The Migration Advisory Committee (MAC) yesterday released a comprehensive 182-page review of Tier 2 visa salary thresholds. Tier 2 mainly consists of non-EU work migration. The MAC was commissioned in June to carry out the review, and it will report in two stages - firstly, yesterday's early advice on Tier 2 salary thresholds, and secondly, a wider review which will be delivered to government at the end of the year. The MAC urged the government to be cautious over any early decision to raise the minimum salary requirements for skilled migrant workers, pending the completion of the wider review. Yesterday's review stated: "Our focus in this report is on analysis rather than recommendations. We examine the evidence concerning the possibility that migrants undercut British residents. We set out the impact on the number of migrants excluded as the pay thresholds are raised (assuming firms do not raise their pay offer). We urge caution over thresholds because such decisions interact with the second tranche of our work, particularly the skills levy. In any event a modest rise in the minimum thresholds would have minimal impact on Tier 2 (General) because currently the prioritisation system with the limit is yielding required pay above £30,000...

Germany suspends Dublin Regulation procedures for asylum seekers from Syria

The Asylum Information Database (AIDA) (a project of the European Council on Refugees and Exiles) reported yesterday that Germany has suspended deporting asylum seekers from Syria under the Dublin Regulation. The EU's Dublin Regulation (No 604/2013) determines which EU Member State is responsible for examining an asylum application and allows deportation if an asylum seeker tries to apply in another Member State. According to AIDA, the German Federal Office for Migration and Refugees (BAMF) issued internal instructions on 21 August 2015 suspending Dublin Regulation procedures in respect of Syrian nationals. The Telegraph reported that an official German source confirmed the suspension. AIDA says that Dublin procedures already initiated in relation to Syrians are to be cancelled, and newly applying Syrian asylum seekers will be channelled into the regular asylum procedure and will not be given the usual Dublin questionnaires. According to the Telegraph, Germany has long complained that the Dublin system is failing and that the rules are abused by other Member States to avoid taking asylum seekers. The Telegraph noted that German Chancellor Angela Merkel and French President Francois Hollande held emergency talks in Berlin yesterday on the refugee and migrant crisis facing Europe and called for an overhaul of the EU's asylum system. According...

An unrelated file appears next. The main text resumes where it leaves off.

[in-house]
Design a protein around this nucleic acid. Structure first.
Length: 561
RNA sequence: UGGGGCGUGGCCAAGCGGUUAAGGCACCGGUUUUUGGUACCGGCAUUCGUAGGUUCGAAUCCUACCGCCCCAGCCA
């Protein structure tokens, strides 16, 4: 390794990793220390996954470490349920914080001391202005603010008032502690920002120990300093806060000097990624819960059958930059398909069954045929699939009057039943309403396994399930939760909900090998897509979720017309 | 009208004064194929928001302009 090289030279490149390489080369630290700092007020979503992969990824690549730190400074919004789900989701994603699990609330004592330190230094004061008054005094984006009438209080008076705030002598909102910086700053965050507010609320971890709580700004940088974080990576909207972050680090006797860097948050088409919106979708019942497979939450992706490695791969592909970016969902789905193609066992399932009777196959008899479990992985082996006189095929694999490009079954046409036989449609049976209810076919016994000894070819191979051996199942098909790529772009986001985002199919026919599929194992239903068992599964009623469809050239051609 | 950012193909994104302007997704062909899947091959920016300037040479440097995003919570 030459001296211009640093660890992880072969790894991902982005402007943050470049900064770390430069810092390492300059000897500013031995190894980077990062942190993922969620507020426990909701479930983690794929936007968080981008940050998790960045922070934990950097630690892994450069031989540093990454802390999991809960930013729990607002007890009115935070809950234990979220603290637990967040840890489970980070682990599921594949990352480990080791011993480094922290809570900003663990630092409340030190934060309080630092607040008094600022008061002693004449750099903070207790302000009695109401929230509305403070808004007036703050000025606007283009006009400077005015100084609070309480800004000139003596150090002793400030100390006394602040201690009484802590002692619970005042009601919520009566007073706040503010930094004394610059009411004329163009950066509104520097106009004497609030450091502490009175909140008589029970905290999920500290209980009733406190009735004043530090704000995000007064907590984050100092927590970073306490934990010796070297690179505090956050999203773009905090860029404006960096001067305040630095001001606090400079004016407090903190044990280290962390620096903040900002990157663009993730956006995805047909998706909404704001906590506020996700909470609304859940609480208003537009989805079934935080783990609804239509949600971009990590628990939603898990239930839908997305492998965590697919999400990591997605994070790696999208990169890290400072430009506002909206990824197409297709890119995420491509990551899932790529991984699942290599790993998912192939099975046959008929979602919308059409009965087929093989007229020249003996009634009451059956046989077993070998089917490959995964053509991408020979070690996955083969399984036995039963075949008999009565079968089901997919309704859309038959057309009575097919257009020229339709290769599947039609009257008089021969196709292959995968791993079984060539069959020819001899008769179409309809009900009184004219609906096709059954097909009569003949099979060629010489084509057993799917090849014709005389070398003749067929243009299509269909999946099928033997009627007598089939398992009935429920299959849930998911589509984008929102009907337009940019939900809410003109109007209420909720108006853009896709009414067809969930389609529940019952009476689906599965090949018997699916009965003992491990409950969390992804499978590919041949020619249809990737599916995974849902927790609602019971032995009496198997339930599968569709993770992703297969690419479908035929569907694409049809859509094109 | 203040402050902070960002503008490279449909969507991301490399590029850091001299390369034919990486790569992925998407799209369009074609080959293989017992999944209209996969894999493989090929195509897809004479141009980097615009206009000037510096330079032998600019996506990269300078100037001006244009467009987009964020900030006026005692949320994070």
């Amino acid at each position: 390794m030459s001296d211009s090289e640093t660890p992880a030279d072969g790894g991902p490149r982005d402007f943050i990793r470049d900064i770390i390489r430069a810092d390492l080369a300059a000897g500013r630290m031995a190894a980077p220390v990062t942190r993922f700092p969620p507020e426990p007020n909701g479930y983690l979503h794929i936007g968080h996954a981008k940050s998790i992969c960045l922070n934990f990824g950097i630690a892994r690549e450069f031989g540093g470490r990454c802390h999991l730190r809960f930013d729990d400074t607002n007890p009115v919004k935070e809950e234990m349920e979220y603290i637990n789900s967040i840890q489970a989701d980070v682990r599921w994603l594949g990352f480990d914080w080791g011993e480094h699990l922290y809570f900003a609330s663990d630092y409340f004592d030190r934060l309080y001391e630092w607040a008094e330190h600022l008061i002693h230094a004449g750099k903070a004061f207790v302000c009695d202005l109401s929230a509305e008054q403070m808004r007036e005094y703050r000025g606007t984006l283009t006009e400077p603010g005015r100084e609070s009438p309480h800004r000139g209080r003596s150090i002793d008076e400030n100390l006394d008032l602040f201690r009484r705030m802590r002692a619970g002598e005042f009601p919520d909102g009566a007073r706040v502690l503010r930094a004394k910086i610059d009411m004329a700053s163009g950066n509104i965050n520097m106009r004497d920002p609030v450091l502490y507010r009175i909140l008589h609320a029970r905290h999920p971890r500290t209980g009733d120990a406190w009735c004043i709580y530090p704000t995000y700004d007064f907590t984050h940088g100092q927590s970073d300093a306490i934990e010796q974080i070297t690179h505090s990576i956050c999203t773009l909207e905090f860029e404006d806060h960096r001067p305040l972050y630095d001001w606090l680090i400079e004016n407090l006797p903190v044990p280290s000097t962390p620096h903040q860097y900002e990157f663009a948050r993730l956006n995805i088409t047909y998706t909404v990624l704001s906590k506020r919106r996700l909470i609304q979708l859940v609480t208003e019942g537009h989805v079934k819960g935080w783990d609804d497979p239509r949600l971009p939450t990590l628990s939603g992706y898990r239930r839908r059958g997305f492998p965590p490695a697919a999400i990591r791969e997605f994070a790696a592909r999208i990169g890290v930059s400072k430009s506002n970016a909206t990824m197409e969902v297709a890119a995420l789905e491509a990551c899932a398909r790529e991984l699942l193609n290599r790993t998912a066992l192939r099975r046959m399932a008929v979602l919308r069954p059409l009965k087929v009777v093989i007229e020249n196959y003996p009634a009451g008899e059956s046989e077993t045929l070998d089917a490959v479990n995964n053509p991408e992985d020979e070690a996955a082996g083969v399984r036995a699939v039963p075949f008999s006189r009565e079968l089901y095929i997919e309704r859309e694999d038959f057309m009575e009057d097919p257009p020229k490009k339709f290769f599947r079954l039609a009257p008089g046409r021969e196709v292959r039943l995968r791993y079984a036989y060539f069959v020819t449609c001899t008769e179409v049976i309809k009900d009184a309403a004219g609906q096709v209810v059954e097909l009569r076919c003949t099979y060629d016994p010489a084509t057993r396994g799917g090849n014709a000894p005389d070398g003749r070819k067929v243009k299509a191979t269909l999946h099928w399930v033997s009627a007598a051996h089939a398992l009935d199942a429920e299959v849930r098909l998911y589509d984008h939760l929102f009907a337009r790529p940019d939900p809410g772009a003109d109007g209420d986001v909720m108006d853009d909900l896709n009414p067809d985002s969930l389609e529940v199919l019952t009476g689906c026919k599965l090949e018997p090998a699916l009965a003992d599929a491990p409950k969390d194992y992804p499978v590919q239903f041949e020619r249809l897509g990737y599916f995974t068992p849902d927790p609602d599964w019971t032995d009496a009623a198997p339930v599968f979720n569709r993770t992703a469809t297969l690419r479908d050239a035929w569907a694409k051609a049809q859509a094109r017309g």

Illegal working punishable by up to six months in prison and an unlimited fine under new Immigration Bill

Immigration Minister James Brokenshire said yesterday that the forthcoming Immigration Bill will introduce a new offence of illegal working punishable by up to six months in prison and an unlimited fine in England and Wales. The Immigration Bill is set to be introduced this autumn. A Gov.uk news release reported that the Bill will also make it easier to prosecute employers who know, or reasonably suspect, that persons they employ do no have legal permission to work in the UK. Businesses such as pubs, off-licences or takeaways who evade sanctions or offend repeatedly face losing their licence to operate. Brokenshire was quoted as saying: "Anyone who thinks the UK is a soft touch should be in no doubt — if you are here illegally, we will take action to stop you from working, renting a flat, opening a bank account or driving a car." "As a one nation government we will continue to crack down on abuse and build an immigration system that works in the best interests of the British people and those who play by the rules." "Through our new Immigration Bill, illegal workers will face the prospect of a prison term and rogue employers could have their businesses closed,...

Net migration to the UK reaches record high

The latest statistics from the Office for National Statistics (ONS) show that net migration to the UK for the year ending March 2015 reached an all-time record high of 330,000, beating the previous record of 320,000 in the year ending June 2005. The ONS Migration Statistics Quarterly Report, August 2015 is available here. The key points of the report are: • Net long-term international migration = +330,000 (up 94,000 from YE March 2014), in the year ending (YE) March 2015. • Immigration = 636,000 (up 84,000), in the year ending (YE) March 2015. • Emigration = 307,000 (down 9,000), in the year ending (YE) March 2015. • The net migration figure was a statistically significant increase from 236,000 in YE March 2014 and is the highest net migration on record. • Net migration of EU citizens showed a statistically significant increase to 183,000 (up 53,000 from YE March 2014). The increase in non-EU net migration to 196,000 (up 39,000) was also statistically significant and is a result of an increase in immigration (not statistically significant) and a decrease in emigration (statistically significant). • The increase in long-term international immigration included a statistically significant increase for EU citizens to 269,000 (up 56,000), the highest...